Painting of South Carolina College, circa 1850

Slavery at South Carolina College, 1801–1865:

The Foundations of the University of South Carolina

Campus Slaves & Slavery

Slaves served as the unseen but vital work force that kept South Carolina College operating on a daily basis. Official histories and remembrances of the college do not mention slaves, only occasionally referencing “servants” who chopped wood or cleaned student living quarters. Presidents and professors rarely mention slaves in their memoirs or personal correspondence, and most mention of their interaction with students appears as disciplinary reports of students abusing or taunting slaves. The importance of slaves to the college’s antebellum years deserves to be acknowledged, as incomplete as our records are.

Slaves quite literally built the college, providing the labor and skilled knowledge necessary to work under contractors who received credit for each building’s completion. They also performed daily maintenance work by building fences and making repairs, as well as domestic tasks like cooking and tending gardens. Professors were provided with outbuildings in which to house their personal slaves, and although students were forbidden from bringing slaves to campus, hired-out or college-owned slaves cleaned student living quarters and served their meals. Slaves even played a role in the college’s educational mission by cleaning library books and taking care of laboratory equipment. Working in a small community situated within the growing town of Columbia, slaves at South Carolina College would likely have been aware of the activities of enslaved and free blacks in the city, though we cannot know much of any specific involvement.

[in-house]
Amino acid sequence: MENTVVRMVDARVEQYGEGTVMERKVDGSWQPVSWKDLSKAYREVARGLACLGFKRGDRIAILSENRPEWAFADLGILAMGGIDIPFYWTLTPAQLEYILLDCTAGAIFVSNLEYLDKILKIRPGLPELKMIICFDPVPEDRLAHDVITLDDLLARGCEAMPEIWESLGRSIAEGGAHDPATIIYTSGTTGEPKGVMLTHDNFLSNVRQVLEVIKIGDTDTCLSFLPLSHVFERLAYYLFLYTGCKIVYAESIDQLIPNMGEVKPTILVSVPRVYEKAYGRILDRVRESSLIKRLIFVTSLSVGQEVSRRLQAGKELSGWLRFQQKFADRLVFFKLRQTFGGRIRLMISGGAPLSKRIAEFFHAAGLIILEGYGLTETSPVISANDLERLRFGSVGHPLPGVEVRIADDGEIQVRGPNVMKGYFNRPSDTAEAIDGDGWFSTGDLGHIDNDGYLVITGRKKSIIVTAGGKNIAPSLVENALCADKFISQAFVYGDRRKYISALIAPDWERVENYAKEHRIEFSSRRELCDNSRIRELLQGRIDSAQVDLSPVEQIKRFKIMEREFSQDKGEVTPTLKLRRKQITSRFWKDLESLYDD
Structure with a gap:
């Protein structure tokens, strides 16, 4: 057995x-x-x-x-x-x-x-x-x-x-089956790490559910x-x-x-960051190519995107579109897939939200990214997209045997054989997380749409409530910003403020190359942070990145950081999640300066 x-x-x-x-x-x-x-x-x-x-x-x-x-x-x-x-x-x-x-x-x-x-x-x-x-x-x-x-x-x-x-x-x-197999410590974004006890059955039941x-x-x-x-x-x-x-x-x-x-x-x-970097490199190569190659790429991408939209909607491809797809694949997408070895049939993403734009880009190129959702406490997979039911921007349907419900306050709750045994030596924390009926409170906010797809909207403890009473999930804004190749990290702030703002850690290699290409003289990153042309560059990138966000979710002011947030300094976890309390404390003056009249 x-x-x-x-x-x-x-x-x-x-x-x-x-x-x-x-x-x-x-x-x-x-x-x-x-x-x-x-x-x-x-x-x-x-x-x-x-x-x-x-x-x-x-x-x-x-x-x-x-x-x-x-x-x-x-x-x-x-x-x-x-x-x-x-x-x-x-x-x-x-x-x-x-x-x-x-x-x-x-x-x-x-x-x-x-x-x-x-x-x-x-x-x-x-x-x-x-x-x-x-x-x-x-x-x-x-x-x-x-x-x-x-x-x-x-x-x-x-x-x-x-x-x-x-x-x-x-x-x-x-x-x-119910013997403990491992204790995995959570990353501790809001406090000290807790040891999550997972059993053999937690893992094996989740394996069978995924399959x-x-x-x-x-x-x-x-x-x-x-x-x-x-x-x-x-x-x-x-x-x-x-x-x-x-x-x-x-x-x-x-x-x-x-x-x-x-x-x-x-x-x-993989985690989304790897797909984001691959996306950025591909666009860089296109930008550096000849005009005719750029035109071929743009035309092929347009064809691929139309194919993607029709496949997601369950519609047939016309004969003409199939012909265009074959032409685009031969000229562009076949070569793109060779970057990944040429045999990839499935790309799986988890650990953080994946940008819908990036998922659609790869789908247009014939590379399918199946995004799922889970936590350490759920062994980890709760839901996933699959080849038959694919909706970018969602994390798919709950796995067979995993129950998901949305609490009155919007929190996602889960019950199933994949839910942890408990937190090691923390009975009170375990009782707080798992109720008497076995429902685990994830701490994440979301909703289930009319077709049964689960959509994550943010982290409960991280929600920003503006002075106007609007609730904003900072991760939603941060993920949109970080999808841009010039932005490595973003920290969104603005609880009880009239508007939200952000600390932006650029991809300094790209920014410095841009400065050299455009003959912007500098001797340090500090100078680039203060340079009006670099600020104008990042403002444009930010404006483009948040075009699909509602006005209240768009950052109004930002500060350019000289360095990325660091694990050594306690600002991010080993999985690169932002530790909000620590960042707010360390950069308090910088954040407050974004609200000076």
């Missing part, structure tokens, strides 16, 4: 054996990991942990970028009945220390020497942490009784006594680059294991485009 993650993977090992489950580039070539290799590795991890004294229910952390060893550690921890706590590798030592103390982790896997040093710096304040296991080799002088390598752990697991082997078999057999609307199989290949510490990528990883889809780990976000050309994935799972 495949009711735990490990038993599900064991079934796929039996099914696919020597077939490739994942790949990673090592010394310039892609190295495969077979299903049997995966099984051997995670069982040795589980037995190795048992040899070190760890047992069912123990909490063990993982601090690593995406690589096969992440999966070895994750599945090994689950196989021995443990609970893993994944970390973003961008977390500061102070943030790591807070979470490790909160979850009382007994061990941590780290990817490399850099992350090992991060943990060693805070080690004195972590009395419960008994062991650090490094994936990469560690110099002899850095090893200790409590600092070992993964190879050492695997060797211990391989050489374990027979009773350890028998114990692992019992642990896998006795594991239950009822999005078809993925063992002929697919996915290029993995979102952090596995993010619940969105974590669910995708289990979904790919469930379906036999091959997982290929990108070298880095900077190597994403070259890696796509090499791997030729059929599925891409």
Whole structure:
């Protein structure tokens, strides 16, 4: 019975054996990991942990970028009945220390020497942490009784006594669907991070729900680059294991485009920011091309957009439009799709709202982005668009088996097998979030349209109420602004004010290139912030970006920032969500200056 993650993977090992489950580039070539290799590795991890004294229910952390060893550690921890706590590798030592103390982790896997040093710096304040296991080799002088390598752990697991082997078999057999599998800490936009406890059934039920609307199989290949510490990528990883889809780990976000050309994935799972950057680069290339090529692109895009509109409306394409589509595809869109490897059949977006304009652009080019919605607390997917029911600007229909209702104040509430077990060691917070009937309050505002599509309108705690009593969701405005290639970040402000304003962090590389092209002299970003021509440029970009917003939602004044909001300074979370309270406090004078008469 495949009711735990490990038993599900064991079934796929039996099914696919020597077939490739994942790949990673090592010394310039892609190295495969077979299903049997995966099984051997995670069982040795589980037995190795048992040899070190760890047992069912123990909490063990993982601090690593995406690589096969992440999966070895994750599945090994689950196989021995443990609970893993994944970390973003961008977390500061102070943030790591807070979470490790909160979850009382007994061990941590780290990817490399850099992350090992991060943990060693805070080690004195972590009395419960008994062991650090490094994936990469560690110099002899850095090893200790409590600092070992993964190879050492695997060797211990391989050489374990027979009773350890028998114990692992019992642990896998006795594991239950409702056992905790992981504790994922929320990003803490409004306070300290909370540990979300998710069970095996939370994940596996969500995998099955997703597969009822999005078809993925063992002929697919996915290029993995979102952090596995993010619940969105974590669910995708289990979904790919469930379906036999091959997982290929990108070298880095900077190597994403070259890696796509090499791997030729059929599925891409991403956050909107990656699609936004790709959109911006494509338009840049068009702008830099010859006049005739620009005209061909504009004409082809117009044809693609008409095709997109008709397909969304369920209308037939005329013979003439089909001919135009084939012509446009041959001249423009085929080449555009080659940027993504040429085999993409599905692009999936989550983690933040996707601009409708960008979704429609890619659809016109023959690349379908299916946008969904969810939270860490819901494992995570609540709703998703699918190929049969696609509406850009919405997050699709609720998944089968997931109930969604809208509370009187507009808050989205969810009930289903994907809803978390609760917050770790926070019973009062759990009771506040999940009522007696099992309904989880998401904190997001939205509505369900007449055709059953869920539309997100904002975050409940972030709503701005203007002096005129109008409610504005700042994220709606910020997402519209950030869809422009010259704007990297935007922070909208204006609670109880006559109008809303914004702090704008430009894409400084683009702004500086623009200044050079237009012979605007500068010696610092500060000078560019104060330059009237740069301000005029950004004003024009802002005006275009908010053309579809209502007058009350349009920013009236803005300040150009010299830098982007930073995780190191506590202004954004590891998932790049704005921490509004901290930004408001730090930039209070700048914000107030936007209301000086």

The incomplete, fragmented nature of records of college slaves makes recreating their world a challenge. In many cases, we are left with straightforward descriptions of tasks and occasional first names. Still, an understanding of southern urban slavery and the daily work slaves did can help us imagine how they might have lived. As you think about the Horseshoe on today’s campus, try to picture slaves chopping wood or repairing buildings as students and professors stroll across the grounds. This perspective offers a new and sometimes challenging way to consider antebellum college life, but it ultimately leads to a richer, more accurate portrait of South Carolina College.

Detail of black man from painting of South Carolina College, circa 1820
Earliest portrayal of a black man at South Carolina College, ca. 1820, SCL